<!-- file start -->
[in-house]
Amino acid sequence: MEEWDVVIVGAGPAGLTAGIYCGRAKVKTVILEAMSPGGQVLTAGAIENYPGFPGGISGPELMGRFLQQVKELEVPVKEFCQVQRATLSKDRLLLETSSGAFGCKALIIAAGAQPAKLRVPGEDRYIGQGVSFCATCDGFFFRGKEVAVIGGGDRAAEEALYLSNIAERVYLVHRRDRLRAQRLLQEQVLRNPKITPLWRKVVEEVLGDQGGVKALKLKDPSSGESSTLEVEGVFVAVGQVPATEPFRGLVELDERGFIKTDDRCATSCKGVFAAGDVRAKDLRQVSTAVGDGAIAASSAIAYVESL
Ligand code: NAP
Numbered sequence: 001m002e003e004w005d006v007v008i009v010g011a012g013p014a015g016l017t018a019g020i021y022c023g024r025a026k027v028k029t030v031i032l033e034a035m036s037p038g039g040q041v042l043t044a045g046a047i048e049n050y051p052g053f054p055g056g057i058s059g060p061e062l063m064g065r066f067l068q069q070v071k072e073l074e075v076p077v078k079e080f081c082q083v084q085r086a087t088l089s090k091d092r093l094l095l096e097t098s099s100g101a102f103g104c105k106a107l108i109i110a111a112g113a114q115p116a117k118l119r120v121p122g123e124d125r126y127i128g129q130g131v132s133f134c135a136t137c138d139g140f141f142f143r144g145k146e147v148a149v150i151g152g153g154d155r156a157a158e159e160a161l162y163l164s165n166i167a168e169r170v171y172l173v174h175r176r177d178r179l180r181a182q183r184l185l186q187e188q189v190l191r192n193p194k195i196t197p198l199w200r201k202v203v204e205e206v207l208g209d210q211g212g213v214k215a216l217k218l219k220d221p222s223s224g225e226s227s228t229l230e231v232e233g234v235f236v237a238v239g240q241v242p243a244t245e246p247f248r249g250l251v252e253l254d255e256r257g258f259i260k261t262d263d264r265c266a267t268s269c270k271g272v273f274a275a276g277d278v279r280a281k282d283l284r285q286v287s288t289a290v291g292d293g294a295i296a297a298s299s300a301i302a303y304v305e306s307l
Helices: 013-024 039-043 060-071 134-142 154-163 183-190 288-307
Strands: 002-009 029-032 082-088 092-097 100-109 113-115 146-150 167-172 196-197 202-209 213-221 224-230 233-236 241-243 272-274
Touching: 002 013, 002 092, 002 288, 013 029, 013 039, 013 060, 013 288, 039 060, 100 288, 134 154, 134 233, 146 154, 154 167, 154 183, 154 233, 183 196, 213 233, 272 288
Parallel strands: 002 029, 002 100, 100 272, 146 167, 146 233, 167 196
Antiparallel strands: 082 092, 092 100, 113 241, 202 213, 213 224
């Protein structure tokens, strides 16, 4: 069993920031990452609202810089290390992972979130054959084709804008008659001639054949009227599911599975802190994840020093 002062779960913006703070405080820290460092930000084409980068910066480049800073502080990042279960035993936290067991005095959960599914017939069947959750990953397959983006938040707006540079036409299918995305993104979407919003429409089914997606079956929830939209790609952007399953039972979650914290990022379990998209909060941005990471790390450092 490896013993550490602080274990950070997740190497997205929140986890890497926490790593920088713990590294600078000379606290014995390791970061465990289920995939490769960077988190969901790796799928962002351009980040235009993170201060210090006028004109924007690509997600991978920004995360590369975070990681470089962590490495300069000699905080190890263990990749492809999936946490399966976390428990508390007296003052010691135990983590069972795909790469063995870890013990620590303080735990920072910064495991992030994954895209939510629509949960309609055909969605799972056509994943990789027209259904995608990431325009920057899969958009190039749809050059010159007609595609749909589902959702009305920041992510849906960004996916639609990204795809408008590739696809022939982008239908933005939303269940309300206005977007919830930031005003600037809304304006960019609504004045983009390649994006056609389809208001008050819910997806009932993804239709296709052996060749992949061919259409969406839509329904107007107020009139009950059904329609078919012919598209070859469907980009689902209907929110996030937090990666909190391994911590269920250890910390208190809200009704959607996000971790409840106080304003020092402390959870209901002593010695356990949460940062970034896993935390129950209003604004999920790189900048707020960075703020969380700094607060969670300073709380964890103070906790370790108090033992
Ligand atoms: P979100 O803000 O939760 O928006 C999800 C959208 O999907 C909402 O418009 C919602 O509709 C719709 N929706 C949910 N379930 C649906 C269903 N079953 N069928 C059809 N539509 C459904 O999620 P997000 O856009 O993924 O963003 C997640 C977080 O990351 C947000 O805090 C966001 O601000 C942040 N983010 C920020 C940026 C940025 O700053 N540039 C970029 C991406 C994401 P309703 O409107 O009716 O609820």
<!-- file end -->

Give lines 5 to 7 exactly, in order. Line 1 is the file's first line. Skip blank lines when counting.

Helices: 013-024 039-043 060-071 134-142 154-163 183-190 288-307
Strands: 002-009 029-032 082-088 092-097 100-109 113-115 146-150 167-172 196-197 202-209 213-221 224-230 233-236 241-243 272-274
Touching: 002 013, 002 092, 002 288, 013 029, 013 039, 013 060, 013 288, 039 060, 100 288, 134 154, 134 233, 146 154, 154 167, 154 183, 154 233, 183 196, 213 233, 272 288